A channel averaging module 107 may also be employed. In current handsets, typically only mono-audio files, i.e., 1-channel files, are supported. The channel averaging module 107 mixes and averages the left and right channels of the master file 102, which is usually in a stereo format, to create a mono-audio file. This step may be accomplished in a number of ways, many of them standard.
An equalization module 109 may be employed to apply the specialized equalization required in some audio files. In particular, specialized equalization needs to be applied to properly optimize the derivative for the mobile CODEC as well as for the speaker on the device. Knowledge of the final CODEC is essential in determining the proper equalization setting. For example, many CODECs have maximum sampling rates of 8 kHz, which has a consequence that the highest frequency that is reproducible is 4 kHz due to the Nyquist theorem. Thus, CODEC equalization 122 may be applied to roll off frequencies above 4 kHz in order to consolidate the frequencies of the input in the next stages of the transcoding process.
Moreover, the speakers on mobile handsets are typically quite small, and can rarely produce frequencies below 1 kHz. The exact lower limit depends on the size and geometry of the speaker. For analogous reasons as the high-frequency roll-off above, a low cut speaker size equalization 124 may be employed to filter out frequencies that are less reproducible on small speakers.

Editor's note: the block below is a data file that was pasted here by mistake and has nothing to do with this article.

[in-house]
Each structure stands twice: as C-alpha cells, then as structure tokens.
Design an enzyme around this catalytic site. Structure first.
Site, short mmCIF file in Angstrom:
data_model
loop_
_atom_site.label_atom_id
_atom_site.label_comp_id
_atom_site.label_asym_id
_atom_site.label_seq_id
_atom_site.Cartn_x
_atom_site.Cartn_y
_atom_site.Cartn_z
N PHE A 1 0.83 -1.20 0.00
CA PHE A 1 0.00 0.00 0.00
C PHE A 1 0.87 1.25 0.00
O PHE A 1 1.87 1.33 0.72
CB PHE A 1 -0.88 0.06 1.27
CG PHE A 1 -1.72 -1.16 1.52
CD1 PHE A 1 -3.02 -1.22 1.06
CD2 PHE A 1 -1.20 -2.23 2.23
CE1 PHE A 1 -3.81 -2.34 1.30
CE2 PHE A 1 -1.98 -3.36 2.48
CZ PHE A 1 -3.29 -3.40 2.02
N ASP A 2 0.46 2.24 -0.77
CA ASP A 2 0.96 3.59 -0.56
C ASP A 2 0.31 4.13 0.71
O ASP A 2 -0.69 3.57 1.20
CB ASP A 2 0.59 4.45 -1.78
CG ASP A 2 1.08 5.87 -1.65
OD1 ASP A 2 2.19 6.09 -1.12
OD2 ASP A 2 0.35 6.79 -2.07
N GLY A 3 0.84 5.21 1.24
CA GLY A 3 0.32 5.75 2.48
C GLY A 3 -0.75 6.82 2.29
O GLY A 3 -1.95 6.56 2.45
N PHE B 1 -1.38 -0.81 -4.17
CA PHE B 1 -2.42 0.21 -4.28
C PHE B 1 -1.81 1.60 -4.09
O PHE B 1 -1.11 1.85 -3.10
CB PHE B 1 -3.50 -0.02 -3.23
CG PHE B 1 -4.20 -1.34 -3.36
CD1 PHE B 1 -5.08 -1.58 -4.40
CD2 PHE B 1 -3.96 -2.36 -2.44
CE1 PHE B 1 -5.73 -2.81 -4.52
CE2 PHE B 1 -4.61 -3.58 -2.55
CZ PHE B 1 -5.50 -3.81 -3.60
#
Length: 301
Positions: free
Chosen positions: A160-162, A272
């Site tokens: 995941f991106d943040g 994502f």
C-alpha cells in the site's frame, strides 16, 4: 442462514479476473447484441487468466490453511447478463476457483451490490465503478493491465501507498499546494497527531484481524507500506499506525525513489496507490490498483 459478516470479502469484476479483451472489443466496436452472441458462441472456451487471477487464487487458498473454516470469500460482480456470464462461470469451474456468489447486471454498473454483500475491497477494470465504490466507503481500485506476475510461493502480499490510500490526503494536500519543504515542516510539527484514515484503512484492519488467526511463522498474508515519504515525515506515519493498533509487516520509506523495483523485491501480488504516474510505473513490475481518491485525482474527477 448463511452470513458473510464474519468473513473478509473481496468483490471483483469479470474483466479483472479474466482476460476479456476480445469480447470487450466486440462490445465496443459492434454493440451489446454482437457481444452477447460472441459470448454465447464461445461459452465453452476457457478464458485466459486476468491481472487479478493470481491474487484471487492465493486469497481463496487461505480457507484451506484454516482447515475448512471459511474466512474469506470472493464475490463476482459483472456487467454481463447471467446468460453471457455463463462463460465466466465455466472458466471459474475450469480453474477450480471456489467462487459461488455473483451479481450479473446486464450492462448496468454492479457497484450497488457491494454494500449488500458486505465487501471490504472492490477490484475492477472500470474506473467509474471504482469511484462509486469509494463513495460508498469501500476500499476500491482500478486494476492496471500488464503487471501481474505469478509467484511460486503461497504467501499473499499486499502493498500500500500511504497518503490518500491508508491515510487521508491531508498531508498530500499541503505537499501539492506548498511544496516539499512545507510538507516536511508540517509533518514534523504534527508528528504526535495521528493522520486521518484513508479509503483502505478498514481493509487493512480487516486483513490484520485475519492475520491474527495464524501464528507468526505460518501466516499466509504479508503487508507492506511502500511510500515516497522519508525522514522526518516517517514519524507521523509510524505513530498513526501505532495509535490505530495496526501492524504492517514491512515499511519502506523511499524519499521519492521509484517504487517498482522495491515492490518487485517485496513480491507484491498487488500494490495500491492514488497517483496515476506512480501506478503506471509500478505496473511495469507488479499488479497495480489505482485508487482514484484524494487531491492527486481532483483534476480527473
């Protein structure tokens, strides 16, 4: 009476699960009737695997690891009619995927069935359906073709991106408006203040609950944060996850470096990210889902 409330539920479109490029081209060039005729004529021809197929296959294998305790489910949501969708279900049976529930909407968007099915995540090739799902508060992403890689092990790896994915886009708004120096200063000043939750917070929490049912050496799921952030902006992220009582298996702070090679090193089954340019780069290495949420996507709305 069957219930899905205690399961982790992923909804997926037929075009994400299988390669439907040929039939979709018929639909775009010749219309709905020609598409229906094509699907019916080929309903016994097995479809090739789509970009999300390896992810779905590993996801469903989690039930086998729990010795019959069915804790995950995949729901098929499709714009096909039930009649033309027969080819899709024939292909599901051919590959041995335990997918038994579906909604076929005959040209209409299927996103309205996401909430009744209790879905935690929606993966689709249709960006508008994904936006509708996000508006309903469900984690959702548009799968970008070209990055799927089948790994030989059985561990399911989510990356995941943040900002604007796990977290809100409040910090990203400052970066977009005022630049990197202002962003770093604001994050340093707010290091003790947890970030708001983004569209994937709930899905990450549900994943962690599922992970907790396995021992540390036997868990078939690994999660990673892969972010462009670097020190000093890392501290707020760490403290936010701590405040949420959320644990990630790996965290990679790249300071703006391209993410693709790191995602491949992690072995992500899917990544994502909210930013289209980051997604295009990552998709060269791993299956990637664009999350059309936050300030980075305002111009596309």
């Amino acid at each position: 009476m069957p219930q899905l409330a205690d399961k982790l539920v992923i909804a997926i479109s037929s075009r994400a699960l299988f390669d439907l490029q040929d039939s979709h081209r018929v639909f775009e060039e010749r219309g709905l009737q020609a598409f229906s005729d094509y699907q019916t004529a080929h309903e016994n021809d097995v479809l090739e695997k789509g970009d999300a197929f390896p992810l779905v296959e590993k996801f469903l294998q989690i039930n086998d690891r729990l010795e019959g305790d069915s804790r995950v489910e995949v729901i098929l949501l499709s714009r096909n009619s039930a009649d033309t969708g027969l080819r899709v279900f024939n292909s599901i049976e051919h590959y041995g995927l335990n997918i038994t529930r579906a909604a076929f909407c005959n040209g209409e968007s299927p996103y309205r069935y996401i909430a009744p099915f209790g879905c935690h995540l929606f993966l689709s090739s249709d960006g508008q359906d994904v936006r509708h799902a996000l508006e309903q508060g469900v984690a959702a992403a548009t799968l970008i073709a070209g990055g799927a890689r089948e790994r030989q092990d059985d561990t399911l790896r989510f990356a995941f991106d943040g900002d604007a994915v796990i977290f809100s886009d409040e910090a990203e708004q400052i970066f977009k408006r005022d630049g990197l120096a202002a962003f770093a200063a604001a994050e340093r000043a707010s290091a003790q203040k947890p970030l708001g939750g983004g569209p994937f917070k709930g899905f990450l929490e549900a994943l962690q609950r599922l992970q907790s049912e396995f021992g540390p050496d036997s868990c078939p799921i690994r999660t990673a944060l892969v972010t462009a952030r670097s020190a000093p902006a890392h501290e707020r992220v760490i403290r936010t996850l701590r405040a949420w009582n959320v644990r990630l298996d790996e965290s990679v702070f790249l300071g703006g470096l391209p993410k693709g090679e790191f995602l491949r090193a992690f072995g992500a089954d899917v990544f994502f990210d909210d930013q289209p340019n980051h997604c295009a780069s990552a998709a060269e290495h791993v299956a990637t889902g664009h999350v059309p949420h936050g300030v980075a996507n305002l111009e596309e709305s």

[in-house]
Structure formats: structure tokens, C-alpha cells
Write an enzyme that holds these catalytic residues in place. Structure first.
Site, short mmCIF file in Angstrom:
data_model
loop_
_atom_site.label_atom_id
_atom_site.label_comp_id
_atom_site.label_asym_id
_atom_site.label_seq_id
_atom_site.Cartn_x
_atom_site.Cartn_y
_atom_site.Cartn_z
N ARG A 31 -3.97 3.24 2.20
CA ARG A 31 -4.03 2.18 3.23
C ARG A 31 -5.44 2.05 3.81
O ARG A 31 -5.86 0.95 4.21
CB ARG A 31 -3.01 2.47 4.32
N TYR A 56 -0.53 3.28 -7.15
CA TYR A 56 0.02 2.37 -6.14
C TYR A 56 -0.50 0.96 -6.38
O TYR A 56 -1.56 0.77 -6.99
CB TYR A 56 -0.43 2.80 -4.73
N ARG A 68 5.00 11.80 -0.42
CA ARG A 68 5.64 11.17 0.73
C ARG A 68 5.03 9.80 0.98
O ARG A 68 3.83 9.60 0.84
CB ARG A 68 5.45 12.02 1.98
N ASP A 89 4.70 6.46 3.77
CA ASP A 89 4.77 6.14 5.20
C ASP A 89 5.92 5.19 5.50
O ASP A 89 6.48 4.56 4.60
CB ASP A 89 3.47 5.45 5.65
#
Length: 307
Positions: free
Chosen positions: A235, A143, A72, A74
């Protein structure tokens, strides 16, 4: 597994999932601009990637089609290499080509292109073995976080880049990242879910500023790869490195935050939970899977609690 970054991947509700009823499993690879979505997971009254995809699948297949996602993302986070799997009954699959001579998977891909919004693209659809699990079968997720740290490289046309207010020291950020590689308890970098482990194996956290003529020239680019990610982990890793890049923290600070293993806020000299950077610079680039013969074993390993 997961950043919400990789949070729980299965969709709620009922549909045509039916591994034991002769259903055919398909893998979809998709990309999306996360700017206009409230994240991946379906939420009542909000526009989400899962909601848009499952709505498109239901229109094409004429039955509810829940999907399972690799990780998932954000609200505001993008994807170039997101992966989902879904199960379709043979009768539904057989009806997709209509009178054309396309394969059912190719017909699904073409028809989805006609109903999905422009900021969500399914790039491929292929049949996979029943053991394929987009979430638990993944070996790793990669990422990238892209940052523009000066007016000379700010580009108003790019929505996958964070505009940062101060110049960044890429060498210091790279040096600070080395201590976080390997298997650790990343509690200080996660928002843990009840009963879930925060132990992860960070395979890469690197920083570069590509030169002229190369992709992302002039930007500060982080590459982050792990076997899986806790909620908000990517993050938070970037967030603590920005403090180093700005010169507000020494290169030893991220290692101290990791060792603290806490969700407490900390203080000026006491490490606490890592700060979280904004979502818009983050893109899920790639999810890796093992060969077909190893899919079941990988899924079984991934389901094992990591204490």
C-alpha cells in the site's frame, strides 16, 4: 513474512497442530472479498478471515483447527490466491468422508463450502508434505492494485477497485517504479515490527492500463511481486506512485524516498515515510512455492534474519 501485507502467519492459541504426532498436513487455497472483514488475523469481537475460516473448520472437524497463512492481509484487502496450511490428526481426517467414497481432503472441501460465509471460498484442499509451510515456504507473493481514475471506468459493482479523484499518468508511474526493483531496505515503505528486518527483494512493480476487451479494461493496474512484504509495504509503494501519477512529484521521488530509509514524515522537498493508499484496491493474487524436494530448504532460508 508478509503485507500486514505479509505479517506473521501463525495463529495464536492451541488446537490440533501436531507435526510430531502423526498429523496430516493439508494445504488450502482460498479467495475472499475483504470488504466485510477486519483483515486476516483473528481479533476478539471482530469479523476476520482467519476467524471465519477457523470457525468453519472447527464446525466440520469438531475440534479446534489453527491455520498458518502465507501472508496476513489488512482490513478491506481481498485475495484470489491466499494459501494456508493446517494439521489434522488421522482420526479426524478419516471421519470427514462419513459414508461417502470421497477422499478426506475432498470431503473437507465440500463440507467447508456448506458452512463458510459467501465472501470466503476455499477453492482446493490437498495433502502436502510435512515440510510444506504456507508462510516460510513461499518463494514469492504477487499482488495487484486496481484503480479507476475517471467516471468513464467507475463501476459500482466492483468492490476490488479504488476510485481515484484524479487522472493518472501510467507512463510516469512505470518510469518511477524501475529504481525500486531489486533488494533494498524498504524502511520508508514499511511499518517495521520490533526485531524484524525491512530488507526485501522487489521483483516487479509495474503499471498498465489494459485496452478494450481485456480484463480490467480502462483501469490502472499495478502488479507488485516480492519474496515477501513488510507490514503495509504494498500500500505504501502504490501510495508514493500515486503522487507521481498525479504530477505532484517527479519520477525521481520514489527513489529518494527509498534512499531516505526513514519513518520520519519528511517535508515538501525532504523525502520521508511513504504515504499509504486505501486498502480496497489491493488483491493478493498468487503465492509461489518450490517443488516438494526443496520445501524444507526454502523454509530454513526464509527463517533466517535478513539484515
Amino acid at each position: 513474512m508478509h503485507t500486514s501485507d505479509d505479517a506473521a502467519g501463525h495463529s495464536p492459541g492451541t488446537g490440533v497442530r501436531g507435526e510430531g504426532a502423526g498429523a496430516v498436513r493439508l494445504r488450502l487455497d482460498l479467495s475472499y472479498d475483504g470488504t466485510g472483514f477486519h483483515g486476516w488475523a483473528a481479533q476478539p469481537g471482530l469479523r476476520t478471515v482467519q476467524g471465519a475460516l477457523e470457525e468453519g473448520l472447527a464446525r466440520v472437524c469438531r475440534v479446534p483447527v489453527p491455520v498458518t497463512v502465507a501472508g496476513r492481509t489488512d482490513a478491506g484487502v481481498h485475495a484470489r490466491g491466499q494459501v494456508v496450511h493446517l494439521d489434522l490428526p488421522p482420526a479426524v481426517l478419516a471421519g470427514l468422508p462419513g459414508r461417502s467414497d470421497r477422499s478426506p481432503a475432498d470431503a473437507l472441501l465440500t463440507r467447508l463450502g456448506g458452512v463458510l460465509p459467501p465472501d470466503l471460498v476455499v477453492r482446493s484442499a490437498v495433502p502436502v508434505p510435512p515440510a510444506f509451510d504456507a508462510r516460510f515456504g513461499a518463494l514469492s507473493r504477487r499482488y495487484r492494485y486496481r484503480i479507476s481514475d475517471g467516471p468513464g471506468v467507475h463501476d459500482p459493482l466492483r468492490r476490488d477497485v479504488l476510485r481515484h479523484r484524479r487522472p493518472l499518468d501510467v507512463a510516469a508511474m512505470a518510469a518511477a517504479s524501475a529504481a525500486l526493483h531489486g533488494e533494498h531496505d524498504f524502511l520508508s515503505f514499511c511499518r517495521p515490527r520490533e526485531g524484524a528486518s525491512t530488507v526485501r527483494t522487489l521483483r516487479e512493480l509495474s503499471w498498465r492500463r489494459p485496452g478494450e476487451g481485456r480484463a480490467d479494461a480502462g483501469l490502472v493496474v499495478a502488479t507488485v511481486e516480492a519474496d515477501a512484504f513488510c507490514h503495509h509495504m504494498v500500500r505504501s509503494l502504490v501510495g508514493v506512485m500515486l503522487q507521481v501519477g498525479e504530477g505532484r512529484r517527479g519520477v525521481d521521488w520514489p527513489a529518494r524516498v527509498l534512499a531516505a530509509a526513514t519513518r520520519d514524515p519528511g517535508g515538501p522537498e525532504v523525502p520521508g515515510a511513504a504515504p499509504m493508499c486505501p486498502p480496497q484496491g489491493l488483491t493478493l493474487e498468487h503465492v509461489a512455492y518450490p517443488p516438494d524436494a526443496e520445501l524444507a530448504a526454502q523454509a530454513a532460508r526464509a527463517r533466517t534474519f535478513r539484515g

A dynamic compression/limiting and peak normalization module 111 may also be provided to maximize the volume of the output file. Such a module solves the problem that, due to the wide variety of possible input files, a standard compressor/limiter with static settings will not always work correctly. To address this, the invention employs an adaptive compressor that analyzes the content of the audio and applies the proper amount of compression without destroying the file. Numerous compression algorithms are known, and any of these or others may be employed to accomplish this step.
A resampling module 113 may also be employed to change the sampling rate of the audio file to be output so as to meet the requirements of the audio CODEC of the mobile device. In the above example, a resampling operation may take the 16 bit, 44.1 kHz master and resample it given the bit depth and sampling rate parameters provided in the definition file.
One of the final steps of the audio transcoding operation is to encoding the file using the proper CODEC for the mobile device. This step is accomplished by a CODEC encoding module 115. Possible CODEC file types include MP3, QCELP (Qualcomm Code Excited Linear Predictive), AD-PCM (Adaptive Differential Pulse Code Modulation), AMR (Adaptive Multi-Rate), and AMR-WB (Adaptive Multi-Rate Wide Band). Other file types may also be employed.
Another of the final steps involves wrapper module 117. Many mobile formats are wrappers around underlying CODECs. For example, CMX 2.x files wrap QCELP as the underlying CODEC. The wrapper module 117 encapsulates the encoded data appropriately.
Another of the final steps may include the digital rights management (DRM) module 119. DRM is often applied as the last step to an audio transcoding operation. DRM can take many forms and generally restricts the distribution of the derivative file according to a set of rules.
A sample definition file is shown in FIG. 3. Some of the steps and modules above are also exhibited in FIG. 3.
The invention has been described with respect to certain embodiments. However, the scope of what is claimed as the invention is to be construed only by the appended claims.